13. Adam Walter says:

    David said: “Uh… are you guys really arguing that the violence in Sin City is… you must be joking… realistic?”
    Er, no. Who even implied “realistic”?
    BTW, we might benefit from actually looking at the definition of suffering: 1) the state or experience of one that suffers, 2) pain.
    If anyone wants to show that “Sin City” failed to show any characters in pain or characters who suffered–well, go ahead…

  14. Stella's Boy says:

    Maybe the problem is that I didn’t give a fuck about any of the people experiencing the pain in Sin City.

  15. Mark says:

    Realistic? Its a comic book!

  16. L&DB says:

    First off; bloody Type Key hates me. It is giving
    me that “Unknown action” thing. Shenanigans upon
    especially after I had to sign up twice due to
    their mess up with my first registration.
    Now Sin City has about as much to do with suffering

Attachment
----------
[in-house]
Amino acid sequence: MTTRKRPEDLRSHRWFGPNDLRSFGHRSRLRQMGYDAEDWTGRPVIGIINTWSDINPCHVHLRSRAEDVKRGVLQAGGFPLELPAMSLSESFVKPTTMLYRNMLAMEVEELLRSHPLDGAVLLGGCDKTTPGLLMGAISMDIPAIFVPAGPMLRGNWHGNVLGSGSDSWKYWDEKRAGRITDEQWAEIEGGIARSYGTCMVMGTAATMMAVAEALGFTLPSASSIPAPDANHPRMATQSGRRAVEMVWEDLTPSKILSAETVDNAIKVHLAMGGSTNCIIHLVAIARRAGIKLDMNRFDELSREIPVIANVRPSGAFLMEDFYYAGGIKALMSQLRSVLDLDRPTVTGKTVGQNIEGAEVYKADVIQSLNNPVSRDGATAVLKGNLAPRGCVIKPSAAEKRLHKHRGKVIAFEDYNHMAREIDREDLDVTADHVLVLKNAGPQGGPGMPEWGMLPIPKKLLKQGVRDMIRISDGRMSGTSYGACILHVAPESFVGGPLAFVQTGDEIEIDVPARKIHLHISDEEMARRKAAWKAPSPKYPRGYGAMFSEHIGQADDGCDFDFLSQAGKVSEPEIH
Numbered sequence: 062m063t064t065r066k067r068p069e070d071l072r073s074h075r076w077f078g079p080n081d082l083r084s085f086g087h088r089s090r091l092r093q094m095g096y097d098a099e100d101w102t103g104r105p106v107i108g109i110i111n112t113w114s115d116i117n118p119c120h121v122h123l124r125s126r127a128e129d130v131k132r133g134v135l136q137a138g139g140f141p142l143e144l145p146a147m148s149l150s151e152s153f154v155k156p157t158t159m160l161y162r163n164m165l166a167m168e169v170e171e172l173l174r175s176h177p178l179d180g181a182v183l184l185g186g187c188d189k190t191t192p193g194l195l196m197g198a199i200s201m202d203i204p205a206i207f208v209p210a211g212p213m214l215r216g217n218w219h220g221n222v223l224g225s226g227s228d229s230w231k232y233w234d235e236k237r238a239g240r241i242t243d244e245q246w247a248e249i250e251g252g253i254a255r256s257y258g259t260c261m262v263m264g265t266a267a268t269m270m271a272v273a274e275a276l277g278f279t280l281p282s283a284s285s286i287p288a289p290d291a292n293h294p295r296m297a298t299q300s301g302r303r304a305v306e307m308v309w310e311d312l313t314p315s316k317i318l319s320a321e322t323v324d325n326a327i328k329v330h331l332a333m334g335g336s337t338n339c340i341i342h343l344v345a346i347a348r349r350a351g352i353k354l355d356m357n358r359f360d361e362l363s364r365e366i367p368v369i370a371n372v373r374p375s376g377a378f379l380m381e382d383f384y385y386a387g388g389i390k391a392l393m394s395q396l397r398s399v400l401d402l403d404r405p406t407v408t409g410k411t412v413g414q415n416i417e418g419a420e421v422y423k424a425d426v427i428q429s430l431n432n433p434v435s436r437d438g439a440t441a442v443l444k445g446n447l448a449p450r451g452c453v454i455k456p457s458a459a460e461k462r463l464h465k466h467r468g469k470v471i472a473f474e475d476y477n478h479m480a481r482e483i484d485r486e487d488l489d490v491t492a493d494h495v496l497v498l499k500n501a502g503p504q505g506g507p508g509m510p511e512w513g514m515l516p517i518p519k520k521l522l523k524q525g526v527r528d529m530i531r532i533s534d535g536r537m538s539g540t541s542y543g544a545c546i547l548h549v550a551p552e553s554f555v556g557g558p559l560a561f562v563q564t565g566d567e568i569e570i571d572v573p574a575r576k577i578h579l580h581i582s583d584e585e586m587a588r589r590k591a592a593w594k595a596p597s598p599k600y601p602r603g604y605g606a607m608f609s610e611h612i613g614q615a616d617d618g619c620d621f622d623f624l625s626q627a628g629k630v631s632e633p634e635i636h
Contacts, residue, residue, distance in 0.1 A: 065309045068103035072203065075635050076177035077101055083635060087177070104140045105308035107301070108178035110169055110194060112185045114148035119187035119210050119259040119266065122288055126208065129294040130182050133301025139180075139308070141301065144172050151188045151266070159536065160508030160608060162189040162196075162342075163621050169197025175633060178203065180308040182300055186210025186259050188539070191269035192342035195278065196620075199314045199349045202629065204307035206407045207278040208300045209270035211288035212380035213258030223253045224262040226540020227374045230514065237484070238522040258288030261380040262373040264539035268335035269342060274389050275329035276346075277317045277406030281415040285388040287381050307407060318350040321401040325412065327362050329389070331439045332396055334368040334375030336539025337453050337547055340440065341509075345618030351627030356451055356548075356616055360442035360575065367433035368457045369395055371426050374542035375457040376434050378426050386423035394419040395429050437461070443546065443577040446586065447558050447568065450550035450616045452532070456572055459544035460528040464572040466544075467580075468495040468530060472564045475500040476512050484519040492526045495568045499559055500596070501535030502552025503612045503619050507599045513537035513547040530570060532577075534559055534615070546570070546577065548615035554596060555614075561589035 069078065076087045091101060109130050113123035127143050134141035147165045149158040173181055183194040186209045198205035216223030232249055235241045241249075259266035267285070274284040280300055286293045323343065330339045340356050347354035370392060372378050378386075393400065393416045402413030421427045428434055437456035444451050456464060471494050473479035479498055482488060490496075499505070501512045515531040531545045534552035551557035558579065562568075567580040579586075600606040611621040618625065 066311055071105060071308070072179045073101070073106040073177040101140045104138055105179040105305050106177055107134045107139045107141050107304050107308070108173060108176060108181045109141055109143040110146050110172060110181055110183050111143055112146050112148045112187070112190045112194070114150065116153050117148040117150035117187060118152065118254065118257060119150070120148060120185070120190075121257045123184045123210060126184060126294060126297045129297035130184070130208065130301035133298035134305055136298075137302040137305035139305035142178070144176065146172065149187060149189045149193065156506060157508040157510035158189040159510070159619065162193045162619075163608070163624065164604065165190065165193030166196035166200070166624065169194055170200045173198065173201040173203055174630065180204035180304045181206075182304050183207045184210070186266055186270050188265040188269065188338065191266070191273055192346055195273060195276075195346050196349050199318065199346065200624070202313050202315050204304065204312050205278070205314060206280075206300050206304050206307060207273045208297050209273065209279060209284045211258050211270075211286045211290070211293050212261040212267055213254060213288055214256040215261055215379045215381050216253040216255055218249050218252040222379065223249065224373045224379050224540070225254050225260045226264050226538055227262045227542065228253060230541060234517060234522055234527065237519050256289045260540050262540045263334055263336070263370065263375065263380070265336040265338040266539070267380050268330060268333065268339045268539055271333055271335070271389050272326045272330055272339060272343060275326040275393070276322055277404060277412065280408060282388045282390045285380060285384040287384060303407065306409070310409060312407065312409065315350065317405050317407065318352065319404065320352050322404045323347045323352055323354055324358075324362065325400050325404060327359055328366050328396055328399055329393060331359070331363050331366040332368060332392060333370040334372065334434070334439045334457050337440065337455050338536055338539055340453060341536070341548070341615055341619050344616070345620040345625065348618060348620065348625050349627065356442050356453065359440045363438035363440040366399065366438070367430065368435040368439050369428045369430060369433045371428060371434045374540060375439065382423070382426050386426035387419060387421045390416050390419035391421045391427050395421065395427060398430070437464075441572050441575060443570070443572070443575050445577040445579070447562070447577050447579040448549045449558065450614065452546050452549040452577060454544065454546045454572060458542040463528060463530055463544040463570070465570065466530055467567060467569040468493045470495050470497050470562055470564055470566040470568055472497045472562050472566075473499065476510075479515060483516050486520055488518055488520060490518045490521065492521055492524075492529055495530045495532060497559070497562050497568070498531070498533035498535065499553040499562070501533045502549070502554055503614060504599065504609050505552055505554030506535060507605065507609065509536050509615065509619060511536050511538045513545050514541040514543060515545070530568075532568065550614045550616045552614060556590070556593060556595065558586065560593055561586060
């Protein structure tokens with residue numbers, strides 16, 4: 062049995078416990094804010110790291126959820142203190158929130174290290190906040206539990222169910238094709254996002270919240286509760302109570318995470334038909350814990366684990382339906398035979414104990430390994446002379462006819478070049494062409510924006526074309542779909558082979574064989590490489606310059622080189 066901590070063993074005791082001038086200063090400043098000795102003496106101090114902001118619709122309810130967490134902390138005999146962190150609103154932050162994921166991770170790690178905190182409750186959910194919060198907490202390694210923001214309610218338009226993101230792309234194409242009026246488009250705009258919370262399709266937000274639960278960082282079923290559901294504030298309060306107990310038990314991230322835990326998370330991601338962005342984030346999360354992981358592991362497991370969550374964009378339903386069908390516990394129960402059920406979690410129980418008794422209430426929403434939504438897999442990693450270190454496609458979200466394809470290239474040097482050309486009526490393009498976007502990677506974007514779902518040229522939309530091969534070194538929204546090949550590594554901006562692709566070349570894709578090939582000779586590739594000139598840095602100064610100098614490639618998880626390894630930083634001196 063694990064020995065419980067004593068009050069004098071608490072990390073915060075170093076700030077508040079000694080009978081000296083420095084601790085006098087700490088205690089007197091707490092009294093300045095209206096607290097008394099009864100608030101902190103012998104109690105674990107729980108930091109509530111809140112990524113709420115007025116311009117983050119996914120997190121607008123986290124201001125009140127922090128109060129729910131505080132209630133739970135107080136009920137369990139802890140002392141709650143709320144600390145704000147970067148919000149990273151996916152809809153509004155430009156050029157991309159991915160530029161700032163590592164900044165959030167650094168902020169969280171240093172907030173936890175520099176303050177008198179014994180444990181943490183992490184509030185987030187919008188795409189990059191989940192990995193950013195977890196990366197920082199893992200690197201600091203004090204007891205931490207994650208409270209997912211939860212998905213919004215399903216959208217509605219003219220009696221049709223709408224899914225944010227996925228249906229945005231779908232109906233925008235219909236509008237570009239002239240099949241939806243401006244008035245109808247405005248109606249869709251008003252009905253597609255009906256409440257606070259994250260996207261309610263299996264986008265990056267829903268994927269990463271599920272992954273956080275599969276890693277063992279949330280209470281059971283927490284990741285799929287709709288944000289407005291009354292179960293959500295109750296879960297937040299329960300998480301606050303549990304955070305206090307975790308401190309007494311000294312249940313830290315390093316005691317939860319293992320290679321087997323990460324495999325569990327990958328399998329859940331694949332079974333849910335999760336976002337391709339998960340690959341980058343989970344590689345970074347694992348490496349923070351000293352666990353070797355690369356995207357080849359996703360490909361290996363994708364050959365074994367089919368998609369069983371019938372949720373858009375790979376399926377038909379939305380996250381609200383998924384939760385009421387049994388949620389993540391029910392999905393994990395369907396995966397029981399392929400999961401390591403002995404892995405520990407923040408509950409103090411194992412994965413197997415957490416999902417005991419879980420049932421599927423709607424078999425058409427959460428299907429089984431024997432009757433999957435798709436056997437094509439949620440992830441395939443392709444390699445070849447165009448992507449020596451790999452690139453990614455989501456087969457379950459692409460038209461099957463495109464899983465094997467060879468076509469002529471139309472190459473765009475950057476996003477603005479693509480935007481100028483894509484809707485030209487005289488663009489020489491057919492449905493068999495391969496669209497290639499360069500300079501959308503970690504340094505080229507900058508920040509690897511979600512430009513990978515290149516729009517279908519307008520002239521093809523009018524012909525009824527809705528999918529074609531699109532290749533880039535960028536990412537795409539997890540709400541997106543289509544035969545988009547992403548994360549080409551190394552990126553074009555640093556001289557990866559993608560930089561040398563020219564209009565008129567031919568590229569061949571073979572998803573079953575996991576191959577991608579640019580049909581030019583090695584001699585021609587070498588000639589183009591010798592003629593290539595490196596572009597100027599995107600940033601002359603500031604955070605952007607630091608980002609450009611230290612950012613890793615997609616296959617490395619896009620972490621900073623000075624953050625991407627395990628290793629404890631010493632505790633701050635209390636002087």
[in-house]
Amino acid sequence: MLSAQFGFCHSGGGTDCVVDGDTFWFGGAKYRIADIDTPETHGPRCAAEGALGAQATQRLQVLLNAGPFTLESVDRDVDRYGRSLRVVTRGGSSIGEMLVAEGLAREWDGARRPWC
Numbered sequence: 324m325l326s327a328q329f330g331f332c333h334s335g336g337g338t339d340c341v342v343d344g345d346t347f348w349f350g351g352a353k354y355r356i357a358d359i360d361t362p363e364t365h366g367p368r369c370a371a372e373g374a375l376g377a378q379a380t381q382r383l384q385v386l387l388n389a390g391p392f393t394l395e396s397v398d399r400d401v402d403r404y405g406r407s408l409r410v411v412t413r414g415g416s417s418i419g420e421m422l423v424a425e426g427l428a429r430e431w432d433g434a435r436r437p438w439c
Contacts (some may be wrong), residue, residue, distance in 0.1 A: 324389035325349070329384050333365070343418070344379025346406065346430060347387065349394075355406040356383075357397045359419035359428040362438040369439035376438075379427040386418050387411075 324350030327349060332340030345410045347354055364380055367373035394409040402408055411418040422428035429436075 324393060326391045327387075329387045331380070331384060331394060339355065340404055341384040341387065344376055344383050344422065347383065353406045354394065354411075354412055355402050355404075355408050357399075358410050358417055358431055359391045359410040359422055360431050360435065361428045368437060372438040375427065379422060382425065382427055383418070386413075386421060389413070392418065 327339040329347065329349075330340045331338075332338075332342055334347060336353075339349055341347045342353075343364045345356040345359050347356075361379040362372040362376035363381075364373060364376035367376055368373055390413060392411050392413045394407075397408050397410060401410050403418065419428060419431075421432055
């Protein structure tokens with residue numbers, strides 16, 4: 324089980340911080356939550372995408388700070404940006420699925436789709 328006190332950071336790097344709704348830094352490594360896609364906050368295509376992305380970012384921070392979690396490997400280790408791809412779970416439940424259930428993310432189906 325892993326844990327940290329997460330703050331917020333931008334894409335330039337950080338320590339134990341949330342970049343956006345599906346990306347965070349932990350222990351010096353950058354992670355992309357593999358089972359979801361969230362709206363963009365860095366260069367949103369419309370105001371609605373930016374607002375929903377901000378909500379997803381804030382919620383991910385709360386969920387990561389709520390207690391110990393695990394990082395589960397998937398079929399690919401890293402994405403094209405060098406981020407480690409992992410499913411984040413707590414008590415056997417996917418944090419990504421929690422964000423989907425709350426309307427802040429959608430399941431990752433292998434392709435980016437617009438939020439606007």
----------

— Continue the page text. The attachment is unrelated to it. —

as Days of Thunder has to do with the realism of
    Nascar. When you could careless about the characters
    no matter how great the talent happens to be, then
    the suffering on screen will not carry over to any
    tangible feeling. The only character I felt any
    sort of sympathy for is Alexis Bledel’s Becky. I
    cared mainly because RORY GILMORE SHOULD NOT BE GETTING
    KILLED BY MONOBROW HARTNETT! See? It aggrevates me.
    Of course, unlike everyone else in that film, Alexis
    out acts all of them. She has the ability to make
    one care for even a snitchy hooker. That’s acting
    Rodriguez just has a thing for making distant feeling
    films. Spy Kids Trilogy suffered this for me as
    does Sin City now. Of course OUATIM did not suffer
    this affliction thanks to Depp.

  17. Stella's Boy says:

    That’s funny. In my opinion Bledel gives the single worst performance in the movie. I wanted to kill her myself just to make her go away.

  18. lazarus says: